Background Nuclear factor-κB (NF-κB) is a transcription factor that regulates a wide range of gene expression events during inflammatory and immune responses. Gene targeting of NF-κB1 and NF-κB2 has revealed that NF-κB plays a critical role in osteoclastogenesis. However, recent findings have also shown that inactivation of NF-κB enhances osteoblast differentiation both in vitro and in vivo, suggesting that NF-κB regulates osteoblastic bone formation as well as osteoclastic bone resorption. Highlight Two different NF-κB signaling pathways, the "classical" and "alternative" pathways, enhance bone formation through distinct mechanisms. First, p65, the main subunit of the classical pathway, binds the Smad1/Smad4 complex and facilitates interference with the DNA-binding activity of Smad proteins, induced by bone morphogenetic protein (BMP). Second, the processing from p100 to p52 in the alternative pathway negatively regulates BMP2-induced Smad phosphorylation and alkaline phosphatase activity by modulating the expression of the BMP type I receptor ALK2. Conclusion Collectively, the data suggest that the inhibition of NF-κB is useful not only for inhibiting bone resorption but also for promoting bone formation, thus explaining the notion "one bite gets two tastes." We believe that NF-κB-selective inhibitors may have the potential to improve BMP-induced bone regeneration.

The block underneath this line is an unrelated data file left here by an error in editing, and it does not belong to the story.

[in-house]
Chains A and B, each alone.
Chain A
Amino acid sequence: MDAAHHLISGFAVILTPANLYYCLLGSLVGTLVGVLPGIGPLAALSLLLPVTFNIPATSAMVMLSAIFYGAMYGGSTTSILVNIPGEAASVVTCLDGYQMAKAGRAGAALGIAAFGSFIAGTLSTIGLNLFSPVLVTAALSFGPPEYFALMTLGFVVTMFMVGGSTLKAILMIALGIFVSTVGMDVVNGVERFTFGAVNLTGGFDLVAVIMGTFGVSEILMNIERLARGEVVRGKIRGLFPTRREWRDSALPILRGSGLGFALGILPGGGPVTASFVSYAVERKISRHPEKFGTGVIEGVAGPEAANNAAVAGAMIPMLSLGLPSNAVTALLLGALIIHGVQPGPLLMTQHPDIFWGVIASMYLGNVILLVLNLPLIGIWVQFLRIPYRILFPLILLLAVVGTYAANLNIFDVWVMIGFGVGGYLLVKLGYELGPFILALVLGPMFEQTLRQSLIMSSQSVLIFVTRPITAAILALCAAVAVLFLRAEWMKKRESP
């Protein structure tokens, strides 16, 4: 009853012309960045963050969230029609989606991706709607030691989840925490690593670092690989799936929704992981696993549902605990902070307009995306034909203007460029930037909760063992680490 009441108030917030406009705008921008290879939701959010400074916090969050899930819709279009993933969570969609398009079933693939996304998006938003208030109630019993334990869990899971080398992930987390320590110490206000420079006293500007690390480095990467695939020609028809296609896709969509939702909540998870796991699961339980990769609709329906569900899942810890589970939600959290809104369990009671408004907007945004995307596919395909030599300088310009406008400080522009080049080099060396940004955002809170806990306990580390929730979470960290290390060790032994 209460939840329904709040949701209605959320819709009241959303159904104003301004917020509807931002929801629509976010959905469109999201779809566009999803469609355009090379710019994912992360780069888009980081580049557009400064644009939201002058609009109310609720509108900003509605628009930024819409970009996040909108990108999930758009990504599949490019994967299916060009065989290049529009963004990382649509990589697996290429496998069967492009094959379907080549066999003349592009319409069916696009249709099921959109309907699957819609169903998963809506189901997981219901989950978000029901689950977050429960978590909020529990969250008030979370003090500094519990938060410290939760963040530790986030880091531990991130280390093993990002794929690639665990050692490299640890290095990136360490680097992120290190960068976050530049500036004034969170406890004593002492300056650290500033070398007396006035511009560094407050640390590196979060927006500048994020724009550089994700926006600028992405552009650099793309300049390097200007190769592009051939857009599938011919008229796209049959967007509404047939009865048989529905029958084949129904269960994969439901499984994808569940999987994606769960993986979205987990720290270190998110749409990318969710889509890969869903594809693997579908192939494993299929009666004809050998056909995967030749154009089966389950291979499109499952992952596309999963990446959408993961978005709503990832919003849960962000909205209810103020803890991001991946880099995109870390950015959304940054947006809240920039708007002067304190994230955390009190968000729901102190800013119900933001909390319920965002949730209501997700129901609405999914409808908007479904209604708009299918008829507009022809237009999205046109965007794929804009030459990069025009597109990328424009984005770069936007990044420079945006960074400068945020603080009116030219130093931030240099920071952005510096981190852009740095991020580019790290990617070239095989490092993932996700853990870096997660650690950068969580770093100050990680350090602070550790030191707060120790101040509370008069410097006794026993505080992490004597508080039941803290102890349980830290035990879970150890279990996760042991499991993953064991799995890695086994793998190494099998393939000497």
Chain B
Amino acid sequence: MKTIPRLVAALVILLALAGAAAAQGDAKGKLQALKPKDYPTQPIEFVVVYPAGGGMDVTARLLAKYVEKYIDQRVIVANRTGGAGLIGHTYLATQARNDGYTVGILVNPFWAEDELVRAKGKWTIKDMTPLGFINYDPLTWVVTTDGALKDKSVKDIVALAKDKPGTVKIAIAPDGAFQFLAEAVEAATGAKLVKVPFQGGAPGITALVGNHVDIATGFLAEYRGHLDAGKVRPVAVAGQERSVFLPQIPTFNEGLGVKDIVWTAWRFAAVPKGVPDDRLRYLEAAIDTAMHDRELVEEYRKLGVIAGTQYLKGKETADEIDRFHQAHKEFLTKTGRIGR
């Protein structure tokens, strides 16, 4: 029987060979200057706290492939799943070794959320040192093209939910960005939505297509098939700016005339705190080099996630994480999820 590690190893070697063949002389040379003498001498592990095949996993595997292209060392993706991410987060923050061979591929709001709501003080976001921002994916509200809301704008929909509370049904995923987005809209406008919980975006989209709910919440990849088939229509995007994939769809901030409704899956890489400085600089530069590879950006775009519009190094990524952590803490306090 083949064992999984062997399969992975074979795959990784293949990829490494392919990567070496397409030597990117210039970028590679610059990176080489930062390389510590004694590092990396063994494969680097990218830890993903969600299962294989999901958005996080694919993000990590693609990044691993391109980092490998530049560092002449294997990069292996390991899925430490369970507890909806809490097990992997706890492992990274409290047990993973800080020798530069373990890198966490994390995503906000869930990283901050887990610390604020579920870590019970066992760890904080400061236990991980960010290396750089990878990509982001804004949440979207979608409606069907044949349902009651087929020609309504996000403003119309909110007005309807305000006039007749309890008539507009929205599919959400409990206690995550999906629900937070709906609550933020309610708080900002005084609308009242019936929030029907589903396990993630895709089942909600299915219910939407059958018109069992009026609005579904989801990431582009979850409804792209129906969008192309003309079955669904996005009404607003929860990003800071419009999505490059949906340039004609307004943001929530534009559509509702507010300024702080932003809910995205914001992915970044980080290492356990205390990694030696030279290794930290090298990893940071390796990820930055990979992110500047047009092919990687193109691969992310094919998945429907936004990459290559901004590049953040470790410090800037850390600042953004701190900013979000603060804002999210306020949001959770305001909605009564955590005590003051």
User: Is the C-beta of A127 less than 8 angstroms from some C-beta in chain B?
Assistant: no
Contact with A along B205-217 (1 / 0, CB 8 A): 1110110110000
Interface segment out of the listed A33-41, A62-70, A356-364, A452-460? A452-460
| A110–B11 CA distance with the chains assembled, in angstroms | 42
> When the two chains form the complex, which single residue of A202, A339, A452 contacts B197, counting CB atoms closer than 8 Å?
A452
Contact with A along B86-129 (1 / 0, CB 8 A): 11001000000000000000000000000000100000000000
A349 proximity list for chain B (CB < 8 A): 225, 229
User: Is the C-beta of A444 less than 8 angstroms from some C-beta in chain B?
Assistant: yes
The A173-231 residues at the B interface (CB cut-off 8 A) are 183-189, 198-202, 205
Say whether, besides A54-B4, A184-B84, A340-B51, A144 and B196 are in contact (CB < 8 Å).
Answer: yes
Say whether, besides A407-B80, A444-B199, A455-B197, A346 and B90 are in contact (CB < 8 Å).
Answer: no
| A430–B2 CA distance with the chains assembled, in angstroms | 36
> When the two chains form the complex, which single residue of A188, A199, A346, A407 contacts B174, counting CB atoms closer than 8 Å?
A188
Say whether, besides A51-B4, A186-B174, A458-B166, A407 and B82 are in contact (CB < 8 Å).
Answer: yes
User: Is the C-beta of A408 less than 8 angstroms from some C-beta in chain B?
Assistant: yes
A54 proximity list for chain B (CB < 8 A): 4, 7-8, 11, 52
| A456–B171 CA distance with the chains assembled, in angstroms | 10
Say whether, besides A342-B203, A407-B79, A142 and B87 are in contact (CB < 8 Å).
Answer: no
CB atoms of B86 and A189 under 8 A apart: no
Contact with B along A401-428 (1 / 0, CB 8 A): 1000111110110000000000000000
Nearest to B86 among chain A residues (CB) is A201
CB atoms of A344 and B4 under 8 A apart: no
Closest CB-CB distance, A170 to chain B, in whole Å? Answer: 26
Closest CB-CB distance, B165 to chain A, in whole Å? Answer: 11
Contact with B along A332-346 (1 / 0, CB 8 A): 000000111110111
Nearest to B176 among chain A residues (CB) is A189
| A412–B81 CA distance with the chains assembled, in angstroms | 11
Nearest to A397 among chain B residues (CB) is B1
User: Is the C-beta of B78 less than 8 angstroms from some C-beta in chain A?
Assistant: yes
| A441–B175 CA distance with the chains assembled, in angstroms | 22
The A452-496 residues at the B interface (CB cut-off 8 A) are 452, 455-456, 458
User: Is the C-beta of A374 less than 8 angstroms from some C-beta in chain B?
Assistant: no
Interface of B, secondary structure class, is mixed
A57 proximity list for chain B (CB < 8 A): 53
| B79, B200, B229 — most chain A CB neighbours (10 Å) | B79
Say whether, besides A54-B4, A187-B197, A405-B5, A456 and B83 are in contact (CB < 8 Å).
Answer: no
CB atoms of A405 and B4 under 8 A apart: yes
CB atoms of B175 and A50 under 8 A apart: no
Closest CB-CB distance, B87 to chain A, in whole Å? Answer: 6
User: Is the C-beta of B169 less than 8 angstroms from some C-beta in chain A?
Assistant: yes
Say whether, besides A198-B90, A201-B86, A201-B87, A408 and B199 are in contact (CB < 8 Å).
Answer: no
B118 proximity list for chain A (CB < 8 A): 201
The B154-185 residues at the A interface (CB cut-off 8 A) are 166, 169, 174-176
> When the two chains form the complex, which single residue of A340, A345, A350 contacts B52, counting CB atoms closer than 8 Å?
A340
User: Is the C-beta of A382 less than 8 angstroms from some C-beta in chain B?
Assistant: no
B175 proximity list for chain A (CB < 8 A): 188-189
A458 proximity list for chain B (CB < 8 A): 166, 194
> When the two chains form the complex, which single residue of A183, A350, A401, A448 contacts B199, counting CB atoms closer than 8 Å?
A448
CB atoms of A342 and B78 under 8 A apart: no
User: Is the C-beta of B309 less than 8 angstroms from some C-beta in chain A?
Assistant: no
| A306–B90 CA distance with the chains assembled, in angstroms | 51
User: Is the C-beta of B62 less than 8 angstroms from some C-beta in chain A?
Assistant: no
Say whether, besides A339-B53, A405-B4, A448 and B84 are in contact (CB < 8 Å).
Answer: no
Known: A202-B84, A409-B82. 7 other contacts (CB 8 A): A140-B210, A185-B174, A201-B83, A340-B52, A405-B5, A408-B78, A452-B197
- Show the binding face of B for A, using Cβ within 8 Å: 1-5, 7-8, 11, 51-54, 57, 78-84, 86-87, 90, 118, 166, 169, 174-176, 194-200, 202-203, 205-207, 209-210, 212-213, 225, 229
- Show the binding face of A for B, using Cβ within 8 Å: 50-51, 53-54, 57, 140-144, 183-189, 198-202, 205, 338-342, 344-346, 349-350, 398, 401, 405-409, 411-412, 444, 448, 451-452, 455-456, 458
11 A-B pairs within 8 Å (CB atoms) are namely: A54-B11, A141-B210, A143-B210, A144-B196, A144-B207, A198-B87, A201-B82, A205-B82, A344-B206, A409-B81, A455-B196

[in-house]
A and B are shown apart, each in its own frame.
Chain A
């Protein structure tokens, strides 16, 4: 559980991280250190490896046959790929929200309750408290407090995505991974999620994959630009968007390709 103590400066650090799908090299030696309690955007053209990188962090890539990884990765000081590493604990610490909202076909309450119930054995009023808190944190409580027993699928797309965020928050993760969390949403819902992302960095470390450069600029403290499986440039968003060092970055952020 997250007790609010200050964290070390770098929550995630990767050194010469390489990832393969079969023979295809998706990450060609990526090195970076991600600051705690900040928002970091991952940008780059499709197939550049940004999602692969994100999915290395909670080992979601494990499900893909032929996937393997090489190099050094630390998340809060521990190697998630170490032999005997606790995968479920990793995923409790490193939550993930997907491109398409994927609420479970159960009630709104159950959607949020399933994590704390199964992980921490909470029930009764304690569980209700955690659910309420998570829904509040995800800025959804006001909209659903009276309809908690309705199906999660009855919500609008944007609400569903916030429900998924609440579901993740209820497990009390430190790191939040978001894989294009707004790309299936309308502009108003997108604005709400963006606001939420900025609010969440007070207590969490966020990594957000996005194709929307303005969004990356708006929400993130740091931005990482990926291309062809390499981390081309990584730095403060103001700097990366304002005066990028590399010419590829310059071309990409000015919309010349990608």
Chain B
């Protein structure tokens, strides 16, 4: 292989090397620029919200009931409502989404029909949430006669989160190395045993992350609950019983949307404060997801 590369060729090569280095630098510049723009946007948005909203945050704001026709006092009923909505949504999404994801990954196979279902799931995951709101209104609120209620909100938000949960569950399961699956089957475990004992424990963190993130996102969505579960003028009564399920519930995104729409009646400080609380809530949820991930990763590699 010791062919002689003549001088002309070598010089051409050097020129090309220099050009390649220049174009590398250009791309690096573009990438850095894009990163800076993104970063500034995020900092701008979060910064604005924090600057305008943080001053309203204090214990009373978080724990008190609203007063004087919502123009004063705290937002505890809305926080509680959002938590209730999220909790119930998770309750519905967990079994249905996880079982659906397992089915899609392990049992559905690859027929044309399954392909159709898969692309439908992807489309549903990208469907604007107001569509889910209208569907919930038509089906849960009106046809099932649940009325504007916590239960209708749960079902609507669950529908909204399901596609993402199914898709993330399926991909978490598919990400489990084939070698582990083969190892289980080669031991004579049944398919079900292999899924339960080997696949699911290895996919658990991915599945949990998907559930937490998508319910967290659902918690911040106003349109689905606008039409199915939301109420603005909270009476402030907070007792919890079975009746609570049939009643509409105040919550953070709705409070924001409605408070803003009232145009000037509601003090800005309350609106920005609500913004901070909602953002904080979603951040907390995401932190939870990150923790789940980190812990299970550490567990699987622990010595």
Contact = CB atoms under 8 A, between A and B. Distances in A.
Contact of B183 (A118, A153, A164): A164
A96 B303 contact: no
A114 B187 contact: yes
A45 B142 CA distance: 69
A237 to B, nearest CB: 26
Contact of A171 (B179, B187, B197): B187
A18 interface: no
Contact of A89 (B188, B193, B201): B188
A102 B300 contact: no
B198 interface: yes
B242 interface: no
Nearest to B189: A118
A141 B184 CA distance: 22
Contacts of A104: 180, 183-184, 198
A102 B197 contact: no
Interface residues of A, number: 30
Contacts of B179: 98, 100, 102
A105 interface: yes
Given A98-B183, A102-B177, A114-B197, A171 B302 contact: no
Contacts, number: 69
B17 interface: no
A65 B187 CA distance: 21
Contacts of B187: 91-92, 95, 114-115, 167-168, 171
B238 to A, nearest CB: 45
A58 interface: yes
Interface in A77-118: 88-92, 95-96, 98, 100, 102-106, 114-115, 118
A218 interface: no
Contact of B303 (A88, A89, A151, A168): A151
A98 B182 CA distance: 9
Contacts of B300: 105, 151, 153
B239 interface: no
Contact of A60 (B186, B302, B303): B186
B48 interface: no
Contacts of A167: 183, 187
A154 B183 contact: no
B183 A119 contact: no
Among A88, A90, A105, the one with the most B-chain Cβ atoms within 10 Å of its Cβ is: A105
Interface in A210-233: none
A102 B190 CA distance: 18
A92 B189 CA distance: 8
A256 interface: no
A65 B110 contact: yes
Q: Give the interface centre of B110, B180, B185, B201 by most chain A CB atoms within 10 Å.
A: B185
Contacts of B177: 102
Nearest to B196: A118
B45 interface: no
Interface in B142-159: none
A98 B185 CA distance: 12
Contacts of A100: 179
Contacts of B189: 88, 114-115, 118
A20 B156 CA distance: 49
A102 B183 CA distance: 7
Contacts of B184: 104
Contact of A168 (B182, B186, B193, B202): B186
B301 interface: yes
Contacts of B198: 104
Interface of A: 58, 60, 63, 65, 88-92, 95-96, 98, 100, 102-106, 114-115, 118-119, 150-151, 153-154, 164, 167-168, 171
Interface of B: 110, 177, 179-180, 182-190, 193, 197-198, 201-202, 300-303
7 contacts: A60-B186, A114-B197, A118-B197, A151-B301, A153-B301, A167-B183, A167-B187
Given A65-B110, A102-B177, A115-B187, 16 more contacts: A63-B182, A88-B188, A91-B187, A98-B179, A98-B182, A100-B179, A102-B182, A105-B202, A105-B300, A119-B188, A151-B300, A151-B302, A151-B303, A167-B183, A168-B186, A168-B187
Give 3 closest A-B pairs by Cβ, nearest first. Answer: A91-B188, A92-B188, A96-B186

All Science Journal Classification (ASJC) codes
- Medicine (miscellaneous)
- Biochemistry, Genetics and Molecular Biology(all)